I couldn’t pass up the opportunity during Valentine’s week to have a post about romance—particularly about writing romances. Even though nowadays romance novels are widely accepted and liked, there are still people who turn up their noses at the thought of reading a romance (or writing one).
Some view such novels as “fluffy” or “trashy” or “titillating.” They may believe that romance novels only serve to fill our minds with unhealthy expectations of relationships. After all, we know that fairy tales and happily-ever-afters don’t happen in real life, right? So why bother reading them?
Instead, why not fill our minds with realistic, wholesome literature? Or deeper, enriching stories that feed the mind and soul?
Such romance novel opponents overlook the fact some of the best classics are the most sigh-worthy romances (Jane Austin fans raise your hands!). But apparently being an “old” book makes the romance more acceptable.
Yes, modern romance novels still get a bad rap. They’re often classified as inferior to other genres. Even among writers, there’s an assumption that writing romances is easy, that anyone can do it, that if all else fails, write a romance—then you’re sure to get published.
Should I be ashamed or guilty for the fact that my books contain romance? Should romance writers feel the impulse to cover up what they write from cynical family and friends as if somehow it’s substandard? Should romance readers hide what they read because for fear others might think they’re not as spiritual or intellectual or whatever?
In the spirit of Valentine’s Day and romance, I want to pose several reasons why I think romances are a valid and important form of literature:
1. Romances give us better insights into relationships.
While I’m writing, I love being able to delve into the various ups and downs of relationships, the push and pull, what works and what doesn’t, and all of the nuances that go into love and romance.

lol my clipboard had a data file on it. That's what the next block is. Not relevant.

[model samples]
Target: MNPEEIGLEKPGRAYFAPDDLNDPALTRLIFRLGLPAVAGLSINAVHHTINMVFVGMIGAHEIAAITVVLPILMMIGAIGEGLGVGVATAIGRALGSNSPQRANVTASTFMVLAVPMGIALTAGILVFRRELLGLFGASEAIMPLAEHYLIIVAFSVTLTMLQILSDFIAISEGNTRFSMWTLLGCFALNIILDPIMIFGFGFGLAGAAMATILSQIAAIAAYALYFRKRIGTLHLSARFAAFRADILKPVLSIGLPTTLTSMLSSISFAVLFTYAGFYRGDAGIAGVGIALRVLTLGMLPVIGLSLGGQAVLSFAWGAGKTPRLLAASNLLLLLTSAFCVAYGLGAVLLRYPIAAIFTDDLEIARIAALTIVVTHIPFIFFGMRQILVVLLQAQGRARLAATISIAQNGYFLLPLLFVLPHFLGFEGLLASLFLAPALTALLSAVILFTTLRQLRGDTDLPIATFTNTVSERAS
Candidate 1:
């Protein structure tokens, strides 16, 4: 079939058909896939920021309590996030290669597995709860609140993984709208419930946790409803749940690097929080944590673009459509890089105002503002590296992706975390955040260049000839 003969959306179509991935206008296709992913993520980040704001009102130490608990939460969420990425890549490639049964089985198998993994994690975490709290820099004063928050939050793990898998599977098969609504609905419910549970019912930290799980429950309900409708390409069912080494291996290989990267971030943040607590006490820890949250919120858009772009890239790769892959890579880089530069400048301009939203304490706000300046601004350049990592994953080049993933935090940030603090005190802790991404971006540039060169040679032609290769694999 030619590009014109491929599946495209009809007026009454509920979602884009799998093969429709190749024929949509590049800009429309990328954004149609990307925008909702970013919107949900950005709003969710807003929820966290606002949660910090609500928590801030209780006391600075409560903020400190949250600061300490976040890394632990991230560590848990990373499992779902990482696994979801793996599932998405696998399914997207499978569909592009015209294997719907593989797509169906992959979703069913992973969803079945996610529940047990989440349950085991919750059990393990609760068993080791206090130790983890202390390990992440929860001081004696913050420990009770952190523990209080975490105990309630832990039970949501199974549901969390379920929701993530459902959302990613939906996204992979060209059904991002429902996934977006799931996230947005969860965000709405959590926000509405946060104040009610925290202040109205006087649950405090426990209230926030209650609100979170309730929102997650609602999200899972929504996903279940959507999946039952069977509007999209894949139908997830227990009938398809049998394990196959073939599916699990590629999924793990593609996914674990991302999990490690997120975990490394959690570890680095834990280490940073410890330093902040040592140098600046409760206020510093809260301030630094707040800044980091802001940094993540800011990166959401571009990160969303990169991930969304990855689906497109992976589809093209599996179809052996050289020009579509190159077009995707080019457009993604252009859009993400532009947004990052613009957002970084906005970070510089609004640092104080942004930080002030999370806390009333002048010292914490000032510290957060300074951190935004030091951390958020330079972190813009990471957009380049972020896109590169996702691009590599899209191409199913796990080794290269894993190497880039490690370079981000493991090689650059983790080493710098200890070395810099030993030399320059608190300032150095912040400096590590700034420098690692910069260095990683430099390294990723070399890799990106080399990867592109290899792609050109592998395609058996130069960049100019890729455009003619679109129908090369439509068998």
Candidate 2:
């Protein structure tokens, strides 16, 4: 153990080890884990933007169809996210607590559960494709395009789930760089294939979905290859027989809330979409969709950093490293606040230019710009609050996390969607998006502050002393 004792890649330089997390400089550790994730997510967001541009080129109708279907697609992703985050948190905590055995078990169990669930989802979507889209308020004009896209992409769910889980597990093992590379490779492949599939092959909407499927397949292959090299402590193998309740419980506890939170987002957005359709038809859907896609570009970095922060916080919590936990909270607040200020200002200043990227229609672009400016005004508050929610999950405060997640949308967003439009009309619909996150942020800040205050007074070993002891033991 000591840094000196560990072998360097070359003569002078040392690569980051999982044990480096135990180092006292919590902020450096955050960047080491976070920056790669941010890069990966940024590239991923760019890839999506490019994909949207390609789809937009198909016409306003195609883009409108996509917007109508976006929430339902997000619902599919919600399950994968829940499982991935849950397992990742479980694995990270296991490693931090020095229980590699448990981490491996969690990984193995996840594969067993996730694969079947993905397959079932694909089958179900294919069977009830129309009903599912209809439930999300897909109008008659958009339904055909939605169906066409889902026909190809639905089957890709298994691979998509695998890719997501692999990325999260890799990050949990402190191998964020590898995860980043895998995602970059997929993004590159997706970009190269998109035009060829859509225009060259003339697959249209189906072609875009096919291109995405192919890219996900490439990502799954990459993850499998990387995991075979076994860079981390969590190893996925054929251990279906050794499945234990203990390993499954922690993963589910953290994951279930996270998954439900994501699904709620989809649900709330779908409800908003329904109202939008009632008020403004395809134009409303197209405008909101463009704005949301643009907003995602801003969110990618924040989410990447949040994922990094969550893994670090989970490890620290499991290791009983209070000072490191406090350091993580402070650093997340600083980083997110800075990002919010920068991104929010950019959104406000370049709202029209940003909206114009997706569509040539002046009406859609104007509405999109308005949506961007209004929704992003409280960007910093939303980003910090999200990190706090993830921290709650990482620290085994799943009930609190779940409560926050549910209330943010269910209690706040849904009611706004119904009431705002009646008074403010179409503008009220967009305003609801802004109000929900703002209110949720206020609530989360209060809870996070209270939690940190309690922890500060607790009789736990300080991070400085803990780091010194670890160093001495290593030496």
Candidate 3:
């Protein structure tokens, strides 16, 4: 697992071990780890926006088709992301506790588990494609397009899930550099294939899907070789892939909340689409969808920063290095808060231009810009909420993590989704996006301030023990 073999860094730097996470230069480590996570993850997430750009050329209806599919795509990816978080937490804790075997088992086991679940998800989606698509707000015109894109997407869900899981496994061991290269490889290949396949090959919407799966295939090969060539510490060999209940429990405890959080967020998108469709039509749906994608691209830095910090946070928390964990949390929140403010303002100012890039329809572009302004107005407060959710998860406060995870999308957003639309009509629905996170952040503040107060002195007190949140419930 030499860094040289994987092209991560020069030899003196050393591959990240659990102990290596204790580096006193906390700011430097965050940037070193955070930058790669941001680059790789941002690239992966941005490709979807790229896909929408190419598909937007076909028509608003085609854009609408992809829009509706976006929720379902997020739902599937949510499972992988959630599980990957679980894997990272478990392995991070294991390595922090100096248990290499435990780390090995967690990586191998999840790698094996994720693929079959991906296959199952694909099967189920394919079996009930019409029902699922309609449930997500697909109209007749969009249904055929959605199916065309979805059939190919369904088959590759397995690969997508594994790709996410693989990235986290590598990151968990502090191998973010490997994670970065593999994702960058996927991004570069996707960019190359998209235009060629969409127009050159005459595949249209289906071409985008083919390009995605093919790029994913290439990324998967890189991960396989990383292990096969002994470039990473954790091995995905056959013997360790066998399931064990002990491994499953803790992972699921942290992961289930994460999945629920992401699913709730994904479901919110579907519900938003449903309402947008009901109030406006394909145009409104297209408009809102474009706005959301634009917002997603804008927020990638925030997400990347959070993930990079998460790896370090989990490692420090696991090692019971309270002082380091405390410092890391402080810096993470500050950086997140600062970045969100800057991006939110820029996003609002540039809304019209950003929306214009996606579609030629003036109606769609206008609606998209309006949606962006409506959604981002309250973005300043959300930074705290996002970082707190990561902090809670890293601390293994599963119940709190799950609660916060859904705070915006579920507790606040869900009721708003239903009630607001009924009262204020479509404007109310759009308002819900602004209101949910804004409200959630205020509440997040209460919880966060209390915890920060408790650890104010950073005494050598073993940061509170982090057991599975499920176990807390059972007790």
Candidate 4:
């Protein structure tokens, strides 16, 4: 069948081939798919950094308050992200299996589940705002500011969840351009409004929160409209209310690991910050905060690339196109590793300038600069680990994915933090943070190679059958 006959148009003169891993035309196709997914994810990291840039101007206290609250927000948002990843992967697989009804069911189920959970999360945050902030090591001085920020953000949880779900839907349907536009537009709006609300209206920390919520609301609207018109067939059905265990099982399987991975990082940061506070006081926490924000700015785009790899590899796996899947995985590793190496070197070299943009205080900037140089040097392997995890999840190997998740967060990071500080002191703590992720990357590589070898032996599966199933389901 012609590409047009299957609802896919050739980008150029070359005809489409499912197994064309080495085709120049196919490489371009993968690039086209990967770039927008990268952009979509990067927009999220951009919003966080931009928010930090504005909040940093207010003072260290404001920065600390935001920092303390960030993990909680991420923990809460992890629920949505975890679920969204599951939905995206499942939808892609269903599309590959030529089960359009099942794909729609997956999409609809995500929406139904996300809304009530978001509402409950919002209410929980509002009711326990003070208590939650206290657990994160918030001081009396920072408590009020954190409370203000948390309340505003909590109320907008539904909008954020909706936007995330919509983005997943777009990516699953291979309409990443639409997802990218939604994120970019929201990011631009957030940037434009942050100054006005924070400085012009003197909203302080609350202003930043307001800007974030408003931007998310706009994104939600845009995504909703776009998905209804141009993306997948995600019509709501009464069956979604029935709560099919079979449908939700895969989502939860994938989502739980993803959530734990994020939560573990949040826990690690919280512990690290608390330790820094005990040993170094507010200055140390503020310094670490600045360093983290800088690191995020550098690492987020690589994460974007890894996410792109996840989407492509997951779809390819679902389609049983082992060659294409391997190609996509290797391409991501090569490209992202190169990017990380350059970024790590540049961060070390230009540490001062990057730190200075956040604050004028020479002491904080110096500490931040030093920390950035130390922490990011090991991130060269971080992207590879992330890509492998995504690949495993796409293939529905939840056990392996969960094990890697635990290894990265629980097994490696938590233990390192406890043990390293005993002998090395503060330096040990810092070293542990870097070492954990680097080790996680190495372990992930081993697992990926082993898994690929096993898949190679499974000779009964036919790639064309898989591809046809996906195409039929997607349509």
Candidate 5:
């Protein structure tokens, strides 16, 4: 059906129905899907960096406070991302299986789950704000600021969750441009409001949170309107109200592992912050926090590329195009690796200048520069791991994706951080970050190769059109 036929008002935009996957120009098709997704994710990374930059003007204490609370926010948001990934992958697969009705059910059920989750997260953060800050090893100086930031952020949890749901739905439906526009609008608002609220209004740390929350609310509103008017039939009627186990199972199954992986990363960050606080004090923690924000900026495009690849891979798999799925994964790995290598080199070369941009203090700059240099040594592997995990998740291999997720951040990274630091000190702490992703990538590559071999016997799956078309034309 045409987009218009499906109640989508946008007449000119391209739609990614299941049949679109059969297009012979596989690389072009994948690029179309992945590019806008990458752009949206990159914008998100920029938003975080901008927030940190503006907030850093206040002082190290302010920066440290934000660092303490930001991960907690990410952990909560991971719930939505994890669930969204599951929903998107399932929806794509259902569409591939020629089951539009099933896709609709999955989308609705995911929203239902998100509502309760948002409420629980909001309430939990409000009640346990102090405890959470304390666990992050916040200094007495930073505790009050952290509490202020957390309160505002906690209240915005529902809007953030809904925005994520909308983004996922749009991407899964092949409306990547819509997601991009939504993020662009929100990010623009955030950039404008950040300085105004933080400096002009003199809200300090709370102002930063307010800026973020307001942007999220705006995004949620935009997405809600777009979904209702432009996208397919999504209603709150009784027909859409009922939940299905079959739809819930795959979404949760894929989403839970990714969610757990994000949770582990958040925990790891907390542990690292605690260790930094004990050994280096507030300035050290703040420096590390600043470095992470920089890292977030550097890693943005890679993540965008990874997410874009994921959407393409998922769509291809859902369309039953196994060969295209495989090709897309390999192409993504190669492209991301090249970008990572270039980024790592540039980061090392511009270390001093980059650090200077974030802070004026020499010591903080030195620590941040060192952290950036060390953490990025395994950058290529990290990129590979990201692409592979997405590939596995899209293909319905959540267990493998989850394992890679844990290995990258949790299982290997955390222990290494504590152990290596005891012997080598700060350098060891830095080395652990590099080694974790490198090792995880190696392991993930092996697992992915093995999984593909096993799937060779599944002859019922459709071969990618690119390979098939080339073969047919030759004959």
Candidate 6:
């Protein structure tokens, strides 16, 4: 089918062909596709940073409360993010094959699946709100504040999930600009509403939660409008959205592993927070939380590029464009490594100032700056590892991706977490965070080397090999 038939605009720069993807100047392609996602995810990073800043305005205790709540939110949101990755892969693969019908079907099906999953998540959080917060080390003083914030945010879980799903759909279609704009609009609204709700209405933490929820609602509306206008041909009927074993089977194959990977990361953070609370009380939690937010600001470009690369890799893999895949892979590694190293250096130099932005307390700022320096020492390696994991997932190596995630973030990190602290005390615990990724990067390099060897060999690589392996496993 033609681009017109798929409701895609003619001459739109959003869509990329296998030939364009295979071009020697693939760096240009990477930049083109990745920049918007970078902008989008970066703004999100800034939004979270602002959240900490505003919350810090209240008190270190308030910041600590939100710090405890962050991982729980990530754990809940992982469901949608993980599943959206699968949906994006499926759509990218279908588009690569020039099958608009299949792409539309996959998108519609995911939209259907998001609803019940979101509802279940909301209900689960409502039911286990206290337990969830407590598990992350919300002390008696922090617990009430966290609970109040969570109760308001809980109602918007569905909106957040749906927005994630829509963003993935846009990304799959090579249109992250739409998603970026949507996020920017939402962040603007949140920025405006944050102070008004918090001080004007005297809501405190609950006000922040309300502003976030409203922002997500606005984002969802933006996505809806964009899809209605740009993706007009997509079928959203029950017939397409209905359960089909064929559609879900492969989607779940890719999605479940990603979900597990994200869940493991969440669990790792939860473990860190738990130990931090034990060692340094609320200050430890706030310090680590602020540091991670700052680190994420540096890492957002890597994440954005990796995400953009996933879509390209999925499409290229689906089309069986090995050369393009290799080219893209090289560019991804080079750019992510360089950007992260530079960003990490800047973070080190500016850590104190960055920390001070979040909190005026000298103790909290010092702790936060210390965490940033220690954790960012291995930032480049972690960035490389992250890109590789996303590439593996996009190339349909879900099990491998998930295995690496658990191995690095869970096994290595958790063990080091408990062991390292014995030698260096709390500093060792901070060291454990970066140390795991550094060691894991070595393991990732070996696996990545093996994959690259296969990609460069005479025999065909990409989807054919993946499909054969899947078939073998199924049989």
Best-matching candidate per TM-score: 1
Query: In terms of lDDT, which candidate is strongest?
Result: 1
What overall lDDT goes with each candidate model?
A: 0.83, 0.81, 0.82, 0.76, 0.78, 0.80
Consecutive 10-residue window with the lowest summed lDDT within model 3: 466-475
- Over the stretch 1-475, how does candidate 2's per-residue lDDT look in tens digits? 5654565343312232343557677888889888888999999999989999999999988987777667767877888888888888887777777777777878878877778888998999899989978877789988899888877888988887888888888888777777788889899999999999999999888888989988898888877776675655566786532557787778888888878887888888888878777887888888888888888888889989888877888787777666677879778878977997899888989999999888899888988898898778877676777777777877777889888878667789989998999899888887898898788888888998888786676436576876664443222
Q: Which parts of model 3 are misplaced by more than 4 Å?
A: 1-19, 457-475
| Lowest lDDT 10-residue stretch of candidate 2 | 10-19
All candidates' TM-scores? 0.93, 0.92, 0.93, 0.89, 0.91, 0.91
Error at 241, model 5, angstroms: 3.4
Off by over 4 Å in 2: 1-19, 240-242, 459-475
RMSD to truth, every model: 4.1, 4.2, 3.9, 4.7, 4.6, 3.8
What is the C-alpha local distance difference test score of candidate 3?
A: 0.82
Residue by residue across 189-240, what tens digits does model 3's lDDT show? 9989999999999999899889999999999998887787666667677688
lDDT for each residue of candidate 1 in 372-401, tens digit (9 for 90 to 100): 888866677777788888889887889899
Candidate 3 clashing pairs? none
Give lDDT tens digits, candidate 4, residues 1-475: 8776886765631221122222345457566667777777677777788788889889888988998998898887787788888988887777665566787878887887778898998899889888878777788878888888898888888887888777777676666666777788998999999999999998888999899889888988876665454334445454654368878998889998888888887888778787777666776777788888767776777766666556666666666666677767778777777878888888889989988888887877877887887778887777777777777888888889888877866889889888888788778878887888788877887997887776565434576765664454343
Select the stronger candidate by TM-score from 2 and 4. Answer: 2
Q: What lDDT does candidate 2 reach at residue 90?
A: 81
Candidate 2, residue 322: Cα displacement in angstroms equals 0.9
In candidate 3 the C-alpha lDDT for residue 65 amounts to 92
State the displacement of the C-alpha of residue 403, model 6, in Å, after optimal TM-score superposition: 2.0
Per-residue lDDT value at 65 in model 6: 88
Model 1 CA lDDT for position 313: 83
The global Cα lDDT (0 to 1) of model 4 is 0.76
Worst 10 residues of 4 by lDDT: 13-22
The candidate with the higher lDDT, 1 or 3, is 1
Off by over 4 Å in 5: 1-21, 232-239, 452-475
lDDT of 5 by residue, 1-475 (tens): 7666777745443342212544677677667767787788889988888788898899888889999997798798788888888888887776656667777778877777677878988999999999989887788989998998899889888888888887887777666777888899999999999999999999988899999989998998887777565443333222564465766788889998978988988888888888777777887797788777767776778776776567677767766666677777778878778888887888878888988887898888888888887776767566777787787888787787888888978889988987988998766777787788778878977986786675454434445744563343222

Whether we’re single, married, or divorced, romances offer a safe place to analyze the many issues that arise in relationships. Romance novels can serve as mentors for what it takes to forgive, persevere, and make things work. They can also be mirrors that reflect what real love looks like, displaying healthy relationship skills, sacrificial love, and how to overcome obstacles.
2. Romances can inspire hope in life.
When we’re immersed into writing or reading a romance novel, we often become intertwined with the characters. Their experiences become ours. We have the potential to deeply feel their emotions, including hope for a better life.
We want heroes and heroines who rise above normalcy, who overcome problems, and who find victory (or are at least on their way to finding it). Those characters inspire in us hope that perhaps we, too, can overcome and find victory.
3. Romances are a fun form of entertainment.
Yes. Just like a suspense, fantasy, or legal thriller, romances can offer a break from the real world around us—a real world that is often harsh and demanding. No one would think any less of a person for losing themselves in a romance movie. Romance novels are an equally valid way to take an enjoyable break.
4. Romances renew our belief in love.
I’d hate to see the day when we stop dreaming of happily-ever-afters. However, in a world riddled with marriage problems, divorce, and painful relationships, many people have become cynical about romance and love. Too many choose easy and cheap intimacy instead of doing the hard work of building a loving relationship.
Romance novels show that real love—while not easy—is still possible. Just because ideal love is difficult doesn’t mean we have to give up on romance (and romance books) altogether, does it? Shouldn’t we work hard and strive for better, more positive relationships instead?
Ultimately, those of us who appreciate a well-told romance story will have to ignore the nay-sayers, stand proud, and keep on reading and writing what we love.
So, why do you read or write romances? What draws you to them? And if you think romance novels are slightly substandard literature, why? I’d love to hear your thoughts!
Latest posts by Jody Hedlund (see all)
- 6 Reasons Why Love at First Sight is a Dangerous Thing - February 16, 2018
- Your Feedback DOES Make a Difference - February 2, 2018
- One Essential Way to Boost Productivity - January 19, 2018